“Our new vision is to be internationally recognised as an education provider,” says Gregory Dunn, curriculum manager at Plumpton College’s wine division. Dunn is talking to Drinks Retailing during our recent visit to the facility in the South Downs. 

Plumpton’s wine division has long been a centre of the UK wine industry. But now, as English wine steps onto the international stage, the college is looking to expand its reach beyond the border. 

Offering courses in International Wine Business and Viticulture & Oenology, Plumpton boasts 10 hectares of vineyards and a commercial winery, as well as research laboratories for both undergraduate and postgraduate students. It currently hosts around 130 higher education students.

As part of the college’s vision to spread the word about Plumpton’s opportunities for budding winemakers and marketers, Dunn says that the college is currently working to encourage international students, as well as young people in the UK who are considering a career in wine.

“We want to demonstrate what Plumpton has to offer to people who are coming to the UK to study wine,” he explains, noting the college’s proximity to both London and Old World wine regions – such as Champagne and Burgundy – as major benefits for students.

As the wine division continues to develop its educational offerings, Dunn emphasises the importance of research in achieving international status.

“Research is important to us. If we are going to have an international profile we need some kind of research pedigree,” he says, mentioning the key role Plumpton students play in conducting this research. And as the English wine category flourishes, Plumpton’s research on environmentally-friendly viticulture and biodiversity in vineyards could prove vital in ensuring the sustainable development of the industry.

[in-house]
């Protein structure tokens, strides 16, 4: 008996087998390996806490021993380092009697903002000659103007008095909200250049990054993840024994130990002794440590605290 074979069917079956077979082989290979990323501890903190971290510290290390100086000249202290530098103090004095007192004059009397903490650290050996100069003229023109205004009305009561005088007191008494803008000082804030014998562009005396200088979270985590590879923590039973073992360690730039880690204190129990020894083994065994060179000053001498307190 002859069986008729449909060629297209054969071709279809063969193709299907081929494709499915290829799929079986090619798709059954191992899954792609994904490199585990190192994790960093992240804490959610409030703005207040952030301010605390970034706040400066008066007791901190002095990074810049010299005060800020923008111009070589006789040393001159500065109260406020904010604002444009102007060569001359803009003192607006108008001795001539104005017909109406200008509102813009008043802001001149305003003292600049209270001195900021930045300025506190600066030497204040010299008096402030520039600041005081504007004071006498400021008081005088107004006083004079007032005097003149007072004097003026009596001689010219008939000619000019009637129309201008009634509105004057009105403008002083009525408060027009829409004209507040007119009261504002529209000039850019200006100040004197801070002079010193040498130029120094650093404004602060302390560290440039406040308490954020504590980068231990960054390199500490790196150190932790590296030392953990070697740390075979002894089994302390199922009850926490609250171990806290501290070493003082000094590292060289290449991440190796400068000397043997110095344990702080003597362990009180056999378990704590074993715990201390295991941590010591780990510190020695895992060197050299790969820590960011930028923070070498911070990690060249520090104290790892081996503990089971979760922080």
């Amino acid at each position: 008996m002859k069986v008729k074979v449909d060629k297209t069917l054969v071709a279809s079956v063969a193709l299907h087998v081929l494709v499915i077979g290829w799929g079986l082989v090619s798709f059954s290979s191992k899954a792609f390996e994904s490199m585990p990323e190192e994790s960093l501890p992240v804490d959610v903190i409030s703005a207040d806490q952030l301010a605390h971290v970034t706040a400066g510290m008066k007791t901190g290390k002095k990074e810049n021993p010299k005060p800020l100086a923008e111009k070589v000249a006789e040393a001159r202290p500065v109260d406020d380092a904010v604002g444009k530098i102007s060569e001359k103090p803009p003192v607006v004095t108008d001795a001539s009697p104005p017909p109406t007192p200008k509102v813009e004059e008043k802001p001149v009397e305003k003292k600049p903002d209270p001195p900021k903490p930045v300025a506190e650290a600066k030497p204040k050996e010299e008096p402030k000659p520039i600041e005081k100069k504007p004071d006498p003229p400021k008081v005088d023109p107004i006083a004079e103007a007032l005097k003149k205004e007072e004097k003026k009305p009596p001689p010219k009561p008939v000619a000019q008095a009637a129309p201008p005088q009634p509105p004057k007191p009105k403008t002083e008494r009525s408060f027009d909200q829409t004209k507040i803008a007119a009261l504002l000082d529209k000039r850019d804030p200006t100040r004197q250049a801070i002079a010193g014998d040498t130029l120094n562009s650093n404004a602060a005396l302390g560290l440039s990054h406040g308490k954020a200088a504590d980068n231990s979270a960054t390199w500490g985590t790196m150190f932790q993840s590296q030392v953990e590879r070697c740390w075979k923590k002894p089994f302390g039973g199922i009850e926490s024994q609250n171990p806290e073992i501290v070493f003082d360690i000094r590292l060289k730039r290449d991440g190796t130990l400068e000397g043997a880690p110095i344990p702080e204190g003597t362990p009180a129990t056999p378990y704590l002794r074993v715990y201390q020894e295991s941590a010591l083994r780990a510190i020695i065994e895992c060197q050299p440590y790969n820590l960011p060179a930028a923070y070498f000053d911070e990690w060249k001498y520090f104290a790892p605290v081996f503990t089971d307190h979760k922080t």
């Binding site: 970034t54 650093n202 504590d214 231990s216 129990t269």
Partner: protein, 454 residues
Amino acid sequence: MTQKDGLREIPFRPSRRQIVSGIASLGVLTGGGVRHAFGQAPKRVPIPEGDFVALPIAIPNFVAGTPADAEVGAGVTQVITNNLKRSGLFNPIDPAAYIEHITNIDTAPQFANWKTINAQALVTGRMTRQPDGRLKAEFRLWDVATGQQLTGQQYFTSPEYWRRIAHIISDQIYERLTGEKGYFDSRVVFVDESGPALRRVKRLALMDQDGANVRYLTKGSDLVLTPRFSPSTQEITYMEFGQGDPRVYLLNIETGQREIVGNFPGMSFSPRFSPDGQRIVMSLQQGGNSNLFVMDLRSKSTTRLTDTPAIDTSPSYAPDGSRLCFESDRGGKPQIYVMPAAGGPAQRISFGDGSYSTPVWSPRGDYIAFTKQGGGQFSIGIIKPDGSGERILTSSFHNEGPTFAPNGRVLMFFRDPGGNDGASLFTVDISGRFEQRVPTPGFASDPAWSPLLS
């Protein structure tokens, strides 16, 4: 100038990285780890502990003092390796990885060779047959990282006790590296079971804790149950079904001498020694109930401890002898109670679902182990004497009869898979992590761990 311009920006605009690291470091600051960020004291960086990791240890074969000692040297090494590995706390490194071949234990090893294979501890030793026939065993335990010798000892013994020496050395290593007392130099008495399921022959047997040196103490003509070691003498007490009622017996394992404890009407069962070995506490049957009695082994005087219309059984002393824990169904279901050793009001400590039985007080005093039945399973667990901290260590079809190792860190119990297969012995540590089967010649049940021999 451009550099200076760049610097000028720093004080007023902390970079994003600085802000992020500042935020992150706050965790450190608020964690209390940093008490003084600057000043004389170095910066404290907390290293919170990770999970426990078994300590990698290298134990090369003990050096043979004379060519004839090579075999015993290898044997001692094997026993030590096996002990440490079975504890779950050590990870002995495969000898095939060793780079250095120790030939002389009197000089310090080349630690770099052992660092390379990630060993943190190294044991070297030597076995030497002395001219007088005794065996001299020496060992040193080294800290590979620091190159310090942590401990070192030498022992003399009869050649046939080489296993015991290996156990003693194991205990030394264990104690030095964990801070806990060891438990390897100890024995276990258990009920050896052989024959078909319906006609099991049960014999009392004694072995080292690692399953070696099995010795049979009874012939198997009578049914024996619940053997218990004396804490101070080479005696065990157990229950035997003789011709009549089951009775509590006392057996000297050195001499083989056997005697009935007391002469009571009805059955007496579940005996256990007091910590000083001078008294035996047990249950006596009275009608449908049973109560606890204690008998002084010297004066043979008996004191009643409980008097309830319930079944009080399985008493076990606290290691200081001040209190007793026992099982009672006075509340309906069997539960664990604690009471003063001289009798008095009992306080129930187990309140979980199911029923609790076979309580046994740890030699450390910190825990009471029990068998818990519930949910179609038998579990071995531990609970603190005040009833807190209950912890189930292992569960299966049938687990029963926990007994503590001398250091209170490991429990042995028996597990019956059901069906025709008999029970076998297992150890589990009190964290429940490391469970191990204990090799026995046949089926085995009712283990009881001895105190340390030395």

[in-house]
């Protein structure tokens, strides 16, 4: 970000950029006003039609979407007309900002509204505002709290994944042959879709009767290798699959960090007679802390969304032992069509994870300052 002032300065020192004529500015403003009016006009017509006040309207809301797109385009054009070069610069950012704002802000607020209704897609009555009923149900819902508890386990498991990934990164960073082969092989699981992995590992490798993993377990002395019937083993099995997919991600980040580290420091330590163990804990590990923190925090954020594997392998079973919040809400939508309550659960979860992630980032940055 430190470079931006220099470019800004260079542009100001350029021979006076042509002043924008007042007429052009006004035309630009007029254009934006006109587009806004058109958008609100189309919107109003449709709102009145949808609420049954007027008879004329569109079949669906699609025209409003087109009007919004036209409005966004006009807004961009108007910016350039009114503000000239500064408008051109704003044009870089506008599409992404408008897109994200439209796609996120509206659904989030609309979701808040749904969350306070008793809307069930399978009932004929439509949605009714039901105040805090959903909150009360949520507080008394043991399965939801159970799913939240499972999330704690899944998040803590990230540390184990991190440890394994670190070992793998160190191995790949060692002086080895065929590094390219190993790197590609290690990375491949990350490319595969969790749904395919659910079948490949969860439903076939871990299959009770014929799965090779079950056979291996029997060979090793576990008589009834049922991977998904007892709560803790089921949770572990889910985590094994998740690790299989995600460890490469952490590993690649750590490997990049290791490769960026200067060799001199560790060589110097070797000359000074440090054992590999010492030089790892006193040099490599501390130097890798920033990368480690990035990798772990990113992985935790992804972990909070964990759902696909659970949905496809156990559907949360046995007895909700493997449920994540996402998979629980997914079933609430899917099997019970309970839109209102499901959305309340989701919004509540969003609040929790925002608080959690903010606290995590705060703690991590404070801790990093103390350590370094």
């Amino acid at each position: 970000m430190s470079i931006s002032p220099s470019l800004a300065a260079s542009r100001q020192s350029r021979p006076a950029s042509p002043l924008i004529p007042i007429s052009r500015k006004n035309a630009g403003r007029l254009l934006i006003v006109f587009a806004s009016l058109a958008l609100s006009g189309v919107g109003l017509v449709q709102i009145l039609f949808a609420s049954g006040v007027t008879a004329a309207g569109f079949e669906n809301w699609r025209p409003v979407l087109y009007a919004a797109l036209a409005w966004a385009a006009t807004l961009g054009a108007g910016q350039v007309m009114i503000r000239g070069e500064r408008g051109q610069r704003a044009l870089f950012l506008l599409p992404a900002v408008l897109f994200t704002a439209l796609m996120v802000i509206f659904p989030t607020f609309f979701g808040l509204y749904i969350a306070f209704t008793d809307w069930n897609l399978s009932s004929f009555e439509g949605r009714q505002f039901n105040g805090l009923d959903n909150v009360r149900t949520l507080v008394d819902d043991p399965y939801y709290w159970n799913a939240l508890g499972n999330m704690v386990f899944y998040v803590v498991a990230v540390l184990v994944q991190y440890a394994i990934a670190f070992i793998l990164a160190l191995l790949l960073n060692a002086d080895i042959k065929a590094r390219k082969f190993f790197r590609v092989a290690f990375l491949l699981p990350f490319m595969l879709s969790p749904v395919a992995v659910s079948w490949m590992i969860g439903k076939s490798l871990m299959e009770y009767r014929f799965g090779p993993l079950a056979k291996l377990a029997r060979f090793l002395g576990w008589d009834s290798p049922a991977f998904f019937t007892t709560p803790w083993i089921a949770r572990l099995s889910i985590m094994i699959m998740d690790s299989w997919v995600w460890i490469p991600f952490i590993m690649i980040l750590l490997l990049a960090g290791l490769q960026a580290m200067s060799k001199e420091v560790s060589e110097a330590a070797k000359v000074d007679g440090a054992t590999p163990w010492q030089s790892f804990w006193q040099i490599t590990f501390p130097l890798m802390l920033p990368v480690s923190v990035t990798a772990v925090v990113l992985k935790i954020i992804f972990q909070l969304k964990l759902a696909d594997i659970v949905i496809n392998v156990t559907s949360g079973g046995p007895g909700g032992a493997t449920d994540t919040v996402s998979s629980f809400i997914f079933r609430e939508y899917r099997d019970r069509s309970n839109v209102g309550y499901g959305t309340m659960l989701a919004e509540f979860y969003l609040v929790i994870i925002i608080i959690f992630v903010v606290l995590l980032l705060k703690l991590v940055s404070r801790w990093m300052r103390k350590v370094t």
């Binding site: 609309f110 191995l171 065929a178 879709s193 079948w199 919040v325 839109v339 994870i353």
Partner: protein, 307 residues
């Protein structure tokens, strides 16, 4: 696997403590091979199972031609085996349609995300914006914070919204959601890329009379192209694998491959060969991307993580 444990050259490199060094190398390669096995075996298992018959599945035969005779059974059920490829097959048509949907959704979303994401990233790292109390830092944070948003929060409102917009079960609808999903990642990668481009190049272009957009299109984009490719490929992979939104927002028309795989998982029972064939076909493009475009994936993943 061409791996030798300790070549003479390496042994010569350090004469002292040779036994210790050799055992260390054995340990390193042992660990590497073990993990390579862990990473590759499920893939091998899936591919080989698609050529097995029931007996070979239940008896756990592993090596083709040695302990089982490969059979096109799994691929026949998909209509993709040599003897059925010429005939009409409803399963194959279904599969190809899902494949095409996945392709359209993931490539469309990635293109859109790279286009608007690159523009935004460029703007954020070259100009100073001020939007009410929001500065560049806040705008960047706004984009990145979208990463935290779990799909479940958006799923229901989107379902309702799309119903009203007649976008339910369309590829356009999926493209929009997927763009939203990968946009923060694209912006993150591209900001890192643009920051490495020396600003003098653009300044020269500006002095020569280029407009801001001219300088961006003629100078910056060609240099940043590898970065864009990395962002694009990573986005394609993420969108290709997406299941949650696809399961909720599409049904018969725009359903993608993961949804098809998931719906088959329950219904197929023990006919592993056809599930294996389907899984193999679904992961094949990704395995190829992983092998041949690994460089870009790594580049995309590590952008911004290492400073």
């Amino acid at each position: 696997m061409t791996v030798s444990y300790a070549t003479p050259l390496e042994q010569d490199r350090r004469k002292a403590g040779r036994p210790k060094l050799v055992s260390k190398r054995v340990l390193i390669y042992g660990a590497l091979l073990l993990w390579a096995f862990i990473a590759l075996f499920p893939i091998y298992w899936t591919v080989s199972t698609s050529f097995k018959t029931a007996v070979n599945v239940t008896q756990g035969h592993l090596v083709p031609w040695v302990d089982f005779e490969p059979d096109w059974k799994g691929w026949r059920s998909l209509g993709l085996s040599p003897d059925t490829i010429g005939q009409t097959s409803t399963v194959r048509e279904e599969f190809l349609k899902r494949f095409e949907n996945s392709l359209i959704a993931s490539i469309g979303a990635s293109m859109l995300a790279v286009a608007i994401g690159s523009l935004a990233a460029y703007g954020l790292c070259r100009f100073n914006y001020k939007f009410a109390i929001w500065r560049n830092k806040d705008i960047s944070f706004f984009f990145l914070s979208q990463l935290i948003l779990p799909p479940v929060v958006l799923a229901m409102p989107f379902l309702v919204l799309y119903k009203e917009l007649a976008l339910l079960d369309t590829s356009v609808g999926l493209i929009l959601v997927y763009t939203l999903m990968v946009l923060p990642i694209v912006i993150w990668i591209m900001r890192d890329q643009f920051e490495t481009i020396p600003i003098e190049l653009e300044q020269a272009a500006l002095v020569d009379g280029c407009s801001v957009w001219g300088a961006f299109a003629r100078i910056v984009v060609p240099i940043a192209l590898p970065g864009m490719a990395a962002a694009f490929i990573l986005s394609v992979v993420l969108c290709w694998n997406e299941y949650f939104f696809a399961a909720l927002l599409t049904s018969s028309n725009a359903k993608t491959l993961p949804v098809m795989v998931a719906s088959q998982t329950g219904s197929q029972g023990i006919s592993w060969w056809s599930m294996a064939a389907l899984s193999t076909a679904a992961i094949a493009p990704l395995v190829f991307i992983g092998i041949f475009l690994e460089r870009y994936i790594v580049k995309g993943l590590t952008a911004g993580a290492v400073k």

For Dunn, establishing an inclusive wine department is an essential step in encouraging a diverse student body. 

But looking to the UK wine scene as a whole, student-led research at Plumpton is also working to address the need for a more diverse industry with more opportunities for women.

Second-year International Wine Business student, Charlotte Bradbury, is currently conducting research on gender inequality in the wine industry as part of an effort to empower women in wine. 

“I think education and awareness is one of the most important things in creating a more diverse wine industry,” she says. So far, her ongoing research has seen her collate information from previous studies to identify issues that women in the industry are facing.

“I’m so happy that I’m getting the opportunity to do this project as I’ve found through my research that a lot of people aren’t aware of the ingrained gender inequality in the industry.

“That’s the reason I want to keep studying this topic,” she says, as she plans to conduct further interviews with women in wine so as to provide a deeper insight into their experiences in the industry.


Plumpton’s commercial winery currently produces around 40,000 bottles a year. Its sparkling white and rosé are currently stocked in Waitrose, with further listings in independent retailers throughout the south of England. 

Winemaker Deepika Koushik also highlights the potential for Ortega and Bacchus in the UK, as Plumpton plans to push its still wines. She mentions these varietals as ones that are particularly suited to the UK climate.

As well as producing wine for commercial purposes, Plumpton uses its winery to experiment with different styles, providing its students with a chance to develop their winemaking skills.

And as the UK wine industry continues to evolve and explore uncharted territory, experimental styles – alongside the increasingly popular English sparkling – could be a hit among producers.

“The English wine industry is still small, but it’s exciting. There is plenty of opportunity for growth and experimentation,” finishes Dunn.